Mitch Marshall says…
I feel a visceral aversion to VAR, and I think it takes some of the joy out of football without adequately making up for it through clear-cut correct refereeing decisions.
Taking the emotion out of it, I would look at the Premier League as an example.
Newcastle United were denied a penalty by the same referee as us a few days ago, despite VAR apparently being in operation, and fans of teams across the top tier seem pretty dissatisfied with the way the technology has ‘worked’ since its introduction.
If the Premier League can’t get it right, the EFL has next to no chance.
As we’ve already seen, the standard of refereeing in the league this season has been incredibly inconsistent, and I have no confidence whatsoever that asking those same people to operate the technology to solve the problem they’ve created would work.
We could end up with a situation where VAR robs us of some of the best bits of match day without solving the glaring errors we are seeing on a weekly basis. Maybe one day, its obvious benefits and fluent operation will make its implementation in the Championship inevitable, but that is far from the case as it stands.
Another point I’d make is that my biggest complaint about the officiating during Sunderland games this season wouldn’t even be in VAR’s remit.
Yes, we probably should’ve had a penalty against Blackburn, but individual mistakes like that are part of the game.
What is most unbearable is the way that teams regularly stop us playing through a series of tactical fouls, only for the referee to let them get away with it, and book one of our players when they give the merest hint of doing something similar. VAR would only fix this in very rare cases where a red card might be deemed appropriate.
Refereeing standards are at a low ebb right now, but in my opinion, VAR is emphatically not the answer.
Ian Bendelow says…
I am completely against VAR, despite the fact it would’ve potentially delivered three points against Blackburn.
It seems that despite the constant tweaks to iron out the substantial teething problems that the new technology brought, we are no further forward in finding a satisfactory solution.
The big issue is that it still appears to be used as a crutch by officials to help them arrive at the right decision, but it simply serves to cause confusion, because referees think “oh, I’ll let VAR decide”, and as such, they don’t take a view in their own mind as to what the decision should be.
Was this the case with Craig Pawson? Did he hesitate on the penalty because he thought he could go back to it, before he realised it was too late?
What we really need to do is to improve the quality of officiating in the leagues.
This week has seen a Premier League set of officials, all of whom are equally culpable, oversee a set of decisions that you wouldn’t expect to see in the lowest echelons of the football pyramid.
We cannot have computers officiating the game. It must be led by humans, and right now, it feels like VAR is causing some officials to shirk their responsibility.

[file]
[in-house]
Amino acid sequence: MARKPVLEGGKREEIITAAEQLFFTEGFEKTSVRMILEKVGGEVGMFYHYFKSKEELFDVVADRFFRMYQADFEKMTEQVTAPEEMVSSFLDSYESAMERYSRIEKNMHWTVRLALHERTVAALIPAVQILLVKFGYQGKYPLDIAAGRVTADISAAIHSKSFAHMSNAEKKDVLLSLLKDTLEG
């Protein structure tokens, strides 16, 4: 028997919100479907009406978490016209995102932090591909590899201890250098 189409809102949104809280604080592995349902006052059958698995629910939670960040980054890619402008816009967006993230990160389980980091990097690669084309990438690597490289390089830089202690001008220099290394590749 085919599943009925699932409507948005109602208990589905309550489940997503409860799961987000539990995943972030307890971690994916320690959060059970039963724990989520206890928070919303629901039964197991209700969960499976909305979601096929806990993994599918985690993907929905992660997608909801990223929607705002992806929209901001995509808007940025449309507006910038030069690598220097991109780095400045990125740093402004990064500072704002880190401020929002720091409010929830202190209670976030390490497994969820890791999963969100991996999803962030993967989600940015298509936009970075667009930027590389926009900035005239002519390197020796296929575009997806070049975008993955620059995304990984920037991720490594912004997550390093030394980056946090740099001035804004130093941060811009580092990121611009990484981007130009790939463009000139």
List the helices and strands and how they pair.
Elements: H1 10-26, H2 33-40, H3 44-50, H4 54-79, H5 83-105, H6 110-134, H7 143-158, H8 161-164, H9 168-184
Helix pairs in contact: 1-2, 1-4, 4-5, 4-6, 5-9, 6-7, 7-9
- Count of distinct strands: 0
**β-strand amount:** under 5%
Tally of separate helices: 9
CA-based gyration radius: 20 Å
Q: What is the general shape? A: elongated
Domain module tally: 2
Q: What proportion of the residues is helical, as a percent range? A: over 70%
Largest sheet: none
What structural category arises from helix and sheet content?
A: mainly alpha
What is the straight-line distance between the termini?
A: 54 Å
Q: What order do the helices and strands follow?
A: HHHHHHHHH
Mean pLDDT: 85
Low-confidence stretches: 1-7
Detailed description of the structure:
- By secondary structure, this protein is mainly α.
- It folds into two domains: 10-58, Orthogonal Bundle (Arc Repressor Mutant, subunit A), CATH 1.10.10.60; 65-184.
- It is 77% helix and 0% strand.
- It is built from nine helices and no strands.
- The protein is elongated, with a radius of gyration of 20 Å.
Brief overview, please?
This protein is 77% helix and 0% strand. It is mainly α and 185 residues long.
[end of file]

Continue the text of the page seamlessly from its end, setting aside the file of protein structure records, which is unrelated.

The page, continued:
Mark Wood says…
I have to start off by making one thing absolutely clear: I hate VAR.
I hated it from the moment I first saw it in action during the 2018 World Cup, with players ruining the tournament by protesting to the referees at every opportunity, and demanding every challenge and every goal should be checked, or so it seemed.
In the Premier League, meanwhile, we regularly see fan celebrations killed off as a goal is checked to see if it is legitimate, not to mention the countless goals that are chalked off because an attacking player’s eyelash was offside and the lengthy stoppages as the officials make up their mind.
However, even as much as I would say ‘no’, there is no disputing that it would’ve changed the game on Tuesday night.
A penalty would’ve been awarded to us, Blackburn’s first goal wouldn’t have happened, and later in the game, a VAR check on the second goal would’ve surely ruled it out for offside. In a VAR-adjusted game, therefore, Sunderland would have won 1-0 - assuming Rovers didn’t change their game plan and that the system got it right.
I am of the belief that without it, these things even themselves up over time, and if you want proof of this, you should look no further than Saturday’s win over Wigan.
With VAR in operation, Elliott Embleton would’ve probably been sent off in the first half, and he wouldn’t have been on the pitch in the second half to score our equalizer.
As much as it pains me, I still say no.
There are still poor decisions being made by the men with the technology, because they are nothing more than the referees we see out on the pitch.
Tom Albrighton says…
In my state of apoplectic rage after Tuesday’s game, I felt the need for VAR to make an appearance in the Championship, but a mellowed state of mind tells me that it should be avoided.
For all the frustration at Ewood Park, VAR frustrates me more.
That isn’t to suggest that I’m fundamentally against it, but the fact we’re several years down the line and the system hasn’t even been perfected by the supposed best referees in the country means that I can’t see it making for a pleasant experience with objectively worse officials.
Fundamentally, the solution to poor officiating isn’t technology as much as it is employing competent officials.
Rather than ploughing money into technology to assist officials who are now seemingly overly reliant on it, you can’t help but think the money would be better spent on attracting ex-players and training current officials to an acceptable standard.
The FA’s stance of protecting referees at all costs only hastens the race to the bottom and breeds a level of incompetence that, in any other profession, would see someone out of their job.
The focus should be on the training, recruitment and monitoring of officials in all four divisions of professional football rather than relying on technology to bail them out.